Last night, my girlfriend (and TheRalphRetort.com contributor) Kat started telling me a story about Cabin in the Woods. She knew I was writing about Whedon, but I didn’t include it in the article because I was already done. We’d both went to see the movie together, since she’s a big fan of his. But as it turns out, it looks like he stole the entire thing from some struggling writer there in California. What goes around comes around, Joss.
I was actually writing this story yesterday, but something came up and I only got the other two pieces out. But this shit was just too good to let go by the wayside. Here’s The Wrap with more details:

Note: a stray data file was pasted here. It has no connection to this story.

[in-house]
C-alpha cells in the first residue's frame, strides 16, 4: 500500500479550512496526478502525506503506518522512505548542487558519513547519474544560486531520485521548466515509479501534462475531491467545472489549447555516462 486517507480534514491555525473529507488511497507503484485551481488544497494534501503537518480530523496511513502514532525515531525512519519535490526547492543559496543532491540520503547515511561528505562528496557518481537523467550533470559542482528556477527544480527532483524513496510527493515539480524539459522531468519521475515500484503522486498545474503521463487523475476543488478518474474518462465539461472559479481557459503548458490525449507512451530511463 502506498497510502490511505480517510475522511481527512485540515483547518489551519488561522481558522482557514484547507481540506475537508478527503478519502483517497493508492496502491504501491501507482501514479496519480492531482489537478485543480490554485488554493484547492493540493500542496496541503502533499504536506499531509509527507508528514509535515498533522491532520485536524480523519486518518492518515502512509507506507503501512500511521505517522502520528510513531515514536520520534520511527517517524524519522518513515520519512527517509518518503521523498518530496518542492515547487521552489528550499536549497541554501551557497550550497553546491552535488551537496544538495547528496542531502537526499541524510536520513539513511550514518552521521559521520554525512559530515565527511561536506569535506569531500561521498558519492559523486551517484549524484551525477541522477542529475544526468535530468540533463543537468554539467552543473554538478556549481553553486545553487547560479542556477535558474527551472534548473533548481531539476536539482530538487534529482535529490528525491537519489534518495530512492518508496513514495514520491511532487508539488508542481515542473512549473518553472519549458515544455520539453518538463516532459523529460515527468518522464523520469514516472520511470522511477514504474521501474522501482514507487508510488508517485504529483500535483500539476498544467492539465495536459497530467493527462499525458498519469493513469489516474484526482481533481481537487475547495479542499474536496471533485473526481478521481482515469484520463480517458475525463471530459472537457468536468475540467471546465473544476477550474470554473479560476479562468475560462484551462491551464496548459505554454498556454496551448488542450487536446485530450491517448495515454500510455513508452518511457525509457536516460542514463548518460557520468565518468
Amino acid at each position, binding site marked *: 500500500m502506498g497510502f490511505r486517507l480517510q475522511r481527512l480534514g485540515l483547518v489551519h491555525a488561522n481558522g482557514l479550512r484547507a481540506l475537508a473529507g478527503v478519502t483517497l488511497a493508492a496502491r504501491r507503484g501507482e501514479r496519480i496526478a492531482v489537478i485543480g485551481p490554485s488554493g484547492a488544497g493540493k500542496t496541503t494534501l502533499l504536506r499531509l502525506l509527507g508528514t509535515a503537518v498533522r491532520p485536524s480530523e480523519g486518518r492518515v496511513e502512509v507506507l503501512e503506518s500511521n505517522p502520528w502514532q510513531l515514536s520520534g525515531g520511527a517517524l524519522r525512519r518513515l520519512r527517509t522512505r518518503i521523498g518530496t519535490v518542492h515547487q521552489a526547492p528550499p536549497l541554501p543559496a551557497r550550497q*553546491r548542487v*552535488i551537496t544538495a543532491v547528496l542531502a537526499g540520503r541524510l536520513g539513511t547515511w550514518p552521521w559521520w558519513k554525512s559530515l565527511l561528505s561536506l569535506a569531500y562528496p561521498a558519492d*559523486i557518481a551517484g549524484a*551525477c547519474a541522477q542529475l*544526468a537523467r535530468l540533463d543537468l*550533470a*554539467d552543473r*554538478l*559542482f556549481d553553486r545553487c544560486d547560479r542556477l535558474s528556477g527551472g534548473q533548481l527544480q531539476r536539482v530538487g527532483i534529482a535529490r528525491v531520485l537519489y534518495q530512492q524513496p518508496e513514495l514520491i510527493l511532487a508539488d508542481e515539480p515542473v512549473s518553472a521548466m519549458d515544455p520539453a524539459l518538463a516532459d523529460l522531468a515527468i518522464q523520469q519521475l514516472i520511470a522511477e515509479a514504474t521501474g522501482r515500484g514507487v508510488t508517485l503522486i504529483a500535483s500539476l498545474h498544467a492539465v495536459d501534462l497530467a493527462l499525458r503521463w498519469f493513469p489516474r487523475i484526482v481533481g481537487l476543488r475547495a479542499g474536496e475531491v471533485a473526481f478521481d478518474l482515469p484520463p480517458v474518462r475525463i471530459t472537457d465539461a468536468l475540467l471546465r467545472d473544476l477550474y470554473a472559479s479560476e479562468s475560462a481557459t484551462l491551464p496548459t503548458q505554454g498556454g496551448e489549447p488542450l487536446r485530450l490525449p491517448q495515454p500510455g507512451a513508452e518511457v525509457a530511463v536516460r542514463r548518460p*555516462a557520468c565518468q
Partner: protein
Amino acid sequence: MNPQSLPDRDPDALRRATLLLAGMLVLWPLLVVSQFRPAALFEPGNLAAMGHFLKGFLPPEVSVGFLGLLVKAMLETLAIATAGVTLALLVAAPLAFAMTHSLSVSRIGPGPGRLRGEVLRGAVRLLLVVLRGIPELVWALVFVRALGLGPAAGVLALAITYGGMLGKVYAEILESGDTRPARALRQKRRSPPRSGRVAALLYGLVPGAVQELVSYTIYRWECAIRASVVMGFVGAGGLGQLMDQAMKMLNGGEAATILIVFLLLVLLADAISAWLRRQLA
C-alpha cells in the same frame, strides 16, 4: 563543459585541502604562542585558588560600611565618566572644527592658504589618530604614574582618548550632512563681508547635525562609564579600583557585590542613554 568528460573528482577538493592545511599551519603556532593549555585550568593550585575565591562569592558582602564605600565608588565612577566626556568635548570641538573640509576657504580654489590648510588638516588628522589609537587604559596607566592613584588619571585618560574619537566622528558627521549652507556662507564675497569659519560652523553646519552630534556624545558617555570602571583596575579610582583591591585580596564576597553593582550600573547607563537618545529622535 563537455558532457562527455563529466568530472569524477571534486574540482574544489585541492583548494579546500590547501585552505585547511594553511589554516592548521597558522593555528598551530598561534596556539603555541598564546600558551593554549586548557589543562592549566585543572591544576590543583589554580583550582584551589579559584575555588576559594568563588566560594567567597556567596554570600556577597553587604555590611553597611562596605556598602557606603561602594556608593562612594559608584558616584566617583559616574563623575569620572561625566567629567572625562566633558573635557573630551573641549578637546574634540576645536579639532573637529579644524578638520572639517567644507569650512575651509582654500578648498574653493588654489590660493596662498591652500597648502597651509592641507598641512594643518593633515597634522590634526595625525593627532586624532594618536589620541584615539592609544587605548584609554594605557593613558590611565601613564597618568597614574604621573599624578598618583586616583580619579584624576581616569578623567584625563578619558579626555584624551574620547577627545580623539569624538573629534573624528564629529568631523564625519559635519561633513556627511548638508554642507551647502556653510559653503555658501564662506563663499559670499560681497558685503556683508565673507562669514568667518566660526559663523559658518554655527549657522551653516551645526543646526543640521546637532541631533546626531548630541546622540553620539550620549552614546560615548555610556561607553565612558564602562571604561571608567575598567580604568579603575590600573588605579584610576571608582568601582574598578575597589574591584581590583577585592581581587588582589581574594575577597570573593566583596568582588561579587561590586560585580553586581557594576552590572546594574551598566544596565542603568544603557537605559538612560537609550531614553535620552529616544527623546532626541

“Comparing the Book to the Film, the plots, stories, characters, sequence of events, themes, dialogue, and incidents portrayed in the two works are fictional and, in many respects, the elements in the two works are virtually identical,” the complaint claims.Among the alleged similarities that the suit claims: “Like the book, ‘Cabin in the Woods’ tells the story of five friends (three guys and two girls) between the ages of 17 and 22 who take a trip to a remote cabin in the woods. The cabin’s previous inhabitants were murdered by the father of the family, who returns to terrorize the group of friends.In the end, it is revealed that the friends are being filmed and manipulated by persons behind the scenes, thus becoming inadvertent characters in a real-life horror show for the enjoyment of others.”Gallagher even says that the two main female characters in his book are named Julie and Dura, whereas in the film they’re named Jules and Dana.